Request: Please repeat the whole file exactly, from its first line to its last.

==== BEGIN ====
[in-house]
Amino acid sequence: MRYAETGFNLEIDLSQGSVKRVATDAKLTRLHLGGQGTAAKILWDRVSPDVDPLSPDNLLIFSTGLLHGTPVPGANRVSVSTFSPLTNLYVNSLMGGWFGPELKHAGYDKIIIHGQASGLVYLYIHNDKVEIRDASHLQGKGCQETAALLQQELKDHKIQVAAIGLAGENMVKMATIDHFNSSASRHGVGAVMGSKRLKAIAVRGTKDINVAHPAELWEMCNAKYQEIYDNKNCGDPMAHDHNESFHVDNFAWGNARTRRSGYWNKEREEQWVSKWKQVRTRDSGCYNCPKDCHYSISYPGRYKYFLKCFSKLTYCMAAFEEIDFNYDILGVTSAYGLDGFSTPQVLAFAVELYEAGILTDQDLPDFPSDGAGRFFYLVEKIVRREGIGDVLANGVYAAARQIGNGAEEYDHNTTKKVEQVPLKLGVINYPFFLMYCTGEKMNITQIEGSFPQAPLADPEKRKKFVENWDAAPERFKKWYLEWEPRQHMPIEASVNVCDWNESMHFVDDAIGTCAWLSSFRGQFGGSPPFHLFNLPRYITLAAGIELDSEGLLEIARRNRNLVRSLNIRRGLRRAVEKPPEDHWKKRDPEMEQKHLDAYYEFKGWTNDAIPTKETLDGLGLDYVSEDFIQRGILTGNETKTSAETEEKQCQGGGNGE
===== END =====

[in-house]
Amino acid sequence: MRYAETGFNLEIDLSQGSVKRVATDAKLTRLHLGGQGTAAKILWDRVSPDVDPLSPDNLLIFSTGLLHGTPVPGANRVSVSTFSPLTNLYVNSLMGGWFGPELKHAGYDKIIIHGQASGLVYLYIHNDKVEIRDASHLQGKGCQETAALLQQELKDHKIQVAAIGLAGENMVKMATIDHFNSSASRHGVGAVMGSKRLKAIAVRGTKDINVAHPAELWEMCNAKYQEIYDNKNCGDPMAHDHNESFHVDNFAWGNARTRRSGYWNKEREEQWVSKWKQVRTRDSGCYNCPKDCHYSISYPGRYKYFLKCFSKLTYCMAAFEEIDFNYDILGVTSAYGLDGFSTPQVLAFAVELYEAGILTDQDLPDFPSDGAGRFFYLVEKIVRREGIGDVLANGVYAAARQIGNGAEEYDHNTTKKVEQVPLKLGVINYPFFLMYCTGEKMNITQIEGSFPQAPLADPEKRKKFVENWDAAPERFKKWYLEWEPRQHMPIEASVNVCDWNESMHFVDDAIGTCAWLSSFRGQFGGSPPFHLFNLPRYITLAAGIELDSEGLLEIARRNRNLVRSLNIRRGLRRAVEKPPEDHWKKRDPEMEQKHLDAYYEFKGWTNDAIPTKETLDGLGLDYVSEDFIQRGILTGNETKTSAETEEKQCQGGGNGE